What if your WordPress site could tell you about its carbon footprint? And warn you if it is too large and gave you tips on how to lower it?
WordPress (WP) already has a self-analysis feature called Site Health. Under the Tools menu, administrators can check their site’s status based on several tests. For example, a test determines the PHP version and whether it is up-to-date. It provides background information about the current and minimum supported versions.
Site Health provides even more useful information about the website under its Info tab, including directory and database sizes, server configuration, media handling and so on.
However, no information is available yet about the website’s carbon footprint. With the rise of the climate emergency and the impact of the internet and digital technologies, this may be the time to do something about that.
Websites can be dirty
Yes, websites have a carbon footprint. The electricity used to power them still originates mostly from fossil fuels. Even if they are hosted using renewable energy, there is no way to control the network the data travels through when a web page is viewed, nor the devices used to view it. To state it a bit oversimplified, the larger the size of a web page is, the more energy is needed to load it.
And that is only one website…
Estimate the carbon footprint
A website’s carbon footprint can be estimated using the Website Carbon Calculator. The tool tells you whether your site runs on renewable energy and the amount of CO2 generated when visiting the tested page. More importantly, it puts the data in context and gives you an idea about how your web page compares to other pages measured. A positive result can be:
Hurrah! This web page is cleaner than 82% of web pages tested.
But what if WP could do the same within Site Health, directly in the admin?
A plugin to set footprint in the WP admin
Inspired by the above, the WP Sustainable plugin by Javier Casares and the belief that WP could be used to raise awareness around digital sustainability, a first version of the Carbon Footprint plugin was born.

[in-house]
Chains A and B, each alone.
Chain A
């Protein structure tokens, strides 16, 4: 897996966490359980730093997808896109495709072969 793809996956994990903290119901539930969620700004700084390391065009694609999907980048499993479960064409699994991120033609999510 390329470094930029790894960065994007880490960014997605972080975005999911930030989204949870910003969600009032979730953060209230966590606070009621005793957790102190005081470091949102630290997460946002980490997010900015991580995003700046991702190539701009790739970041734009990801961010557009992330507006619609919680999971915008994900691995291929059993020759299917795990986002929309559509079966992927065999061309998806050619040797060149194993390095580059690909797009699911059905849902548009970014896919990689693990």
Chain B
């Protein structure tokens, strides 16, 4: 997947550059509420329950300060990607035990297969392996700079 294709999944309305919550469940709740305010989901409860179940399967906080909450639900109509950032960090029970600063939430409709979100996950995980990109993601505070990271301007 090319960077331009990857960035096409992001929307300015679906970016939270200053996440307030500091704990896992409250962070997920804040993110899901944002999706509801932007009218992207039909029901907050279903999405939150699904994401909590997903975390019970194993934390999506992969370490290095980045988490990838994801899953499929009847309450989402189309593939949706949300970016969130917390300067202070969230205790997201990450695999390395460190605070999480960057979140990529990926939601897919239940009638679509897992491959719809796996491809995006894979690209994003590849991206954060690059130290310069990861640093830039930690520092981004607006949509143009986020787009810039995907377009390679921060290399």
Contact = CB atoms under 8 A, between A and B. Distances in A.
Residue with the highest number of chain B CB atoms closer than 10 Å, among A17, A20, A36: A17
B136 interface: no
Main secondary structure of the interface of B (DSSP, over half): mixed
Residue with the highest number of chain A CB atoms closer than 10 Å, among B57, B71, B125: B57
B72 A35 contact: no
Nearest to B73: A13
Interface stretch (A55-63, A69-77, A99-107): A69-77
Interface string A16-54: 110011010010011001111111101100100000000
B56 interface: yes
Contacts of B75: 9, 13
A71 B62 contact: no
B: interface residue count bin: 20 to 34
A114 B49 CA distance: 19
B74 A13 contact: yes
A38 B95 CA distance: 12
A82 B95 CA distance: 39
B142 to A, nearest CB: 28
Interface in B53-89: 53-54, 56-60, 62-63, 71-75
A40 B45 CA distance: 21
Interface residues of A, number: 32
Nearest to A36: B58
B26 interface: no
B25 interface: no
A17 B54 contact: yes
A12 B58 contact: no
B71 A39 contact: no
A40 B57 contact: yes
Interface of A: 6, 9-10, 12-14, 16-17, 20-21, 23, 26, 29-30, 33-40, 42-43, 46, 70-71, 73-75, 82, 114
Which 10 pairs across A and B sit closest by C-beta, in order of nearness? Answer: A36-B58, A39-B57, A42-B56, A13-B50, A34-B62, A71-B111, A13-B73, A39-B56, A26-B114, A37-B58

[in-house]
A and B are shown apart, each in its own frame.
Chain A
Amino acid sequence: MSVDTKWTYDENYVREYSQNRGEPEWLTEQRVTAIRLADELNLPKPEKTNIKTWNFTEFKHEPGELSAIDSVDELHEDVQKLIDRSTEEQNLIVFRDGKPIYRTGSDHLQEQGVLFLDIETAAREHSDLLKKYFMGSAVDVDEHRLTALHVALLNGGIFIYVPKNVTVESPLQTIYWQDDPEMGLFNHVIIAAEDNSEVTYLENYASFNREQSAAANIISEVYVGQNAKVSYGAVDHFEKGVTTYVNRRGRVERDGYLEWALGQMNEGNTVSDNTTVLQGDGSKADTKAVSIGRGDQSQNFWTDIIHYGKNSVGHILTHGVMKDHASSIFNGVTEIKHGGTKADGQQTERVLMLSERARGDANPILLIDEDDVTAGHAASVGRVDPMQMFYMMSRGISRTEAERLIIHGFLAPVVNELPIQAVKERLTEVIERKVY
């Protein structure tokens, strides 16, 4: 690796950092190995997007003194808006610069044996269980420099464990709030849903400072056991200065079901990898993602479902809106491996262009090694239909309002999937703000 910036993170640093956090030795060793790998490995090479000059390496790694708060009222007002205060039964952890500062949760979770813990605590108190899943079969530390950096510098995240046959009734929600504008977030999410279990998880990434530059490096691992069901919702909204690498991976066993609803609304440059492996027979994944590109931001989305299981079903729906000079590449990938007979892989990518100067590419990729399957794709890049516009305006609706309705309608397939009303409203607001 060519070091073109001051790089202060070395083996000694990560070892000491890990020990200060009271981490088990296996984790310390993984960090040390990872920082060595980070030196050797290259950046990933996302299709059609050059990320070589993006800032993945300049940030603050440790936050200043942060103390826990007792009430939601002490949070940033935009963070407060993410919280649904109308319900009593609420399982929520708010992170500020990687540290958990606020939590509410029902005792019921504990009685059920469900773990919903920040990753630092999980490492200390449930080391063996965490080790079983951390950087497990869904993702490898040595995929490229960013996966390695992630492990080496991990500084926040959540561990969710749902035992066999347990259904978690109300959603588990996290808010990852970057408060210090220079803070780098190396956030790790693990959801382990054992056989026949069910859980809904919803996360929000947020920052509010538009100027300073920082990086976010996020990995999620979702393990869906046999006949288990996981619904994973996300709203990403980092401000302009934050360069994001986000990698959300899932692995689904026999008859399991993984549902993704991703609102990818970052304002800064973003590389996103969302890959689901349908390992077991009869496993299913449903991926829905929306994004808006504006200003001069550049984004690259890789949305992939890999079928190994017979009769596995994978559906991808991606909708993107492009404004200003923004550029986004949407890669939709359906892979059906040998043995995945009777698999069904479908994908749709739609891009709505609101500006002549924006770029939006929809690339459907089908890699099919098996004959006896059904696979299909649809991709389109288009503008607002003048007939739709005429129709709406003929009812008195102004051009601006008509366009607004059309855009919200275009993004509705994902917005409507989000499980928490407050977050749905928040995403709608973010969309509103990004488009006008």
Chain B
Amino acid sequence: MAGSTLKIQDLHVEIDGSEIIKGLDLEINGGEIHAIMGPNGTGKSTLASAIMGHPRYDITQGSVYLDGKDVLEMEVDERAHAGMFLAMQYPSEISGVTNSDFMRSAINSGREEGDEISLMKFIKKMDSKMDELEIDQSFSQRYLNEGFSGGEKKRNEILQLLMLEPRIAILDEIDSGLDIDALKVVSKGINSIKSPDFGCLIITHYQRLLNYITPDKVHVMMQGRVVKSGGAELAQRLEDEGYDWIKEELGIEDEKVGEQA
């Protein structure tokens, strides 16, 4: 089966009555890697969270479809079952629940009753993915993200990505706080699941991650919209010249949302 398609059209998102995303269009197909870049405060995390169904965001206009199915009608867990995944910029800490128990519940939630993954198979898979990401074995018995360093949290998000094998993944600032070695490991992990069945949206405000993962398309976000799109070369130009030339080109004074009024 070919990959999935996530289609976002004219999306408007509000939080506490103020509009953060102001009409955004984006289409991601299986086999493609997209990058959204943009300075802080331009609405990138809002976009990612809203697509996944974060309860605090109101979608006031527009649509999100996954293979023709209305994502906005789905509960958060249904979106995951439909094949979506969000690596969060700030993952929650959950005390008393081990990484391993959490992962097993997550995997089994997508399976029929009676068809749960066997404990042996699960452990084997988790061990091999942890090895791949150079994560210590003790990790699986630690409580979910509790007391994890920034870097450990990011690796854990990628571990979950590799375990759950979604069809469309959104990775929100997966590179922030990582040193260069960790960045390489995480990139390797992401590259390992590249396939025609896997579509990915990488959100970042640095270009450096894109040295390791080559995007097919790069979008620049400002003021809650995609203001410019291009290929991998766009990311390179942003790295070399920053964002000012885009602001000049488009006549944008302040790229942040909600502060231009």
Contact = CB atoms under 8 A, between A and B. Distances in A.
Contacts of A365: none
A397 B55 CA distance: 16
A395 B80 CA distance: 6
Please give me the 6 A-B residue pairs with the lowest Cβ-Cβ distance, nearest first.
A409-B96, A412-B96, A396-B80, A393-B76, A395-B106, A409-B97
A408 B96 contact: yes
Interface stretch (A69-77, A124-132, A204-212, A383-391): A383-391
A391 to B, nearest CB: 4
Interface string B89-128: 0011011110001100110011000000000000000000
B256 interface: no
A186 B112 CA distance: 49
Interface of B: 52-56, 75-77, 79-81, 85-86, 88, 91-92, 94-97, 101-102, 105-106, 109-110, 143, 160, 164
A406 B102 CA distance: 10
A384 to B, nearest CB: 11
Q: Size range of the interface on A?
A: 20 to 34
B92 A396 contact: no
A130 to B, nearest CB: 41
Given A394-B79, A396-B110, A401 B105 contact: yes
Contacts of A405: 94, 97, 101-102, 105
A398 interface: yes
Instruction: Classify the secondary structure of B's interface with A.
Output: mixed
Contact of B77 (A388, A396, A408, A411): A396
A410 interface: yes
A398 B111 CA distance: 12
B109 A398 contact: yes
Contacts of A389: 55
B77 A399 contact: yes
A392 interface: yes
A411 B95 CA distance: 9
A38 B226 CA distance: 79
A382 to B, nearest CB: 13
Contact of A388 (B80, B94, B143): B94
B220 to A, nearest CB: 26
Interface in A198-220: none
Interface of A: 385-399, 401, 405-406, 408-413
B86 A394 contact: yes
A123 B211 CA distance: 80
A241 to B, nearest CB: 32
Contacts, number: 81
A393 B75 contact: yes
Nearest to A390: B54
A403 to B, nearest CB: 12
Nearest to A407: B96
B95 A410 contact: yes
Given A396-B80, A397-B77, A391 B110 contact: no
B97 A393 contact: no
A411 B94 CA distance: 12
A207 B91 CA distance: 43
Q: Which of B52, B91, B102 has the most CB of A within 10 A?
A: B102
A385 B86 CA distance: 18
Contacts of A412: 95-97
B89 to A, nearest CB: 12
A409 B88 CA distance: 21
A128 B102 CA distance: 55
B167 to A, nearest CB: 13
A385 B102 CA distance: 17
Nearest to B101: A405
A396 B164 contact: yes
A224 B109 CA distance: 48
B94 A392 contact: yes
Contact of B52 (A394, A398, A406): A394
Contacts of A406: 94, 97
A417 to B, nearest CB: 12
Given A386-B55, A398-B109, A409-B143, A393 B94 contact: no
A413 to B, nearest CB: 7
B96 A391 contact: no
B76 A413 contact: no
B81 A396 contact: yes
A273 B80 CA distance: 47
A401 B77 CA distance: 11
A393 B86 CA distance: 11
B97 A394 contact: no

Initial carbon footprint information
The following information is available in the initial version of the plugin:
- a test that determines whether the site is running on renewable energy
- a test that compares the homepage’s carbon footprint to other websites measured by the Website Carbon Calculator
The plugin provides further insight into
- the energy used by your server
- the size of the homepage
- the amount of CO2 emitted each time one visits the homepage
The plugin provides links to external resources to test other pages of the website and to learn more about improving the website’s sustainability.
You can see some screenshots below with examples of test results, the displayed information and the links to external resources. I think it is very important to state the benefits and be positive, which might not yet be optimal for now.
A warning when needed
The initial version of the plugin is completely integrated into the existing infrastructure of Site Health, without adding much bloat or additional features to the admin. However, in the case that the homepage’s footprint is very large (i.e. larger than 90% of tested pages), a dashboard widget is shown for administrators with detailed background information about the impact. This case is considered as a critical issue in the Site Health test as well, making the relevance of doing something about this important.
WP is the most popular content management system. Including information about carbon footprint into the WP admin would increase visibility about the issue and could raise awareness around the environmental impact of websites, and digital technology in general. By providing actionable advice in the form of links to external resources, site administrators could act to decrease their website’s carbon footprint. This would not only mitigate their environmental impact, but would also lead to other advantages for SEO, user-friendliness and so on.
Further development and ideas
What else could a plugin like this do? Is there more useful data related to sustainability that it could display? Feel free to visit the GitHub repo and contribute.
This plugin is part of my work for the WP Sustainability Team. The team looks for ways to decrease the footprint of the WP community, among others by raising awareness around the carbon footprint of websites. A big thanks to everyone who has contributed in any way.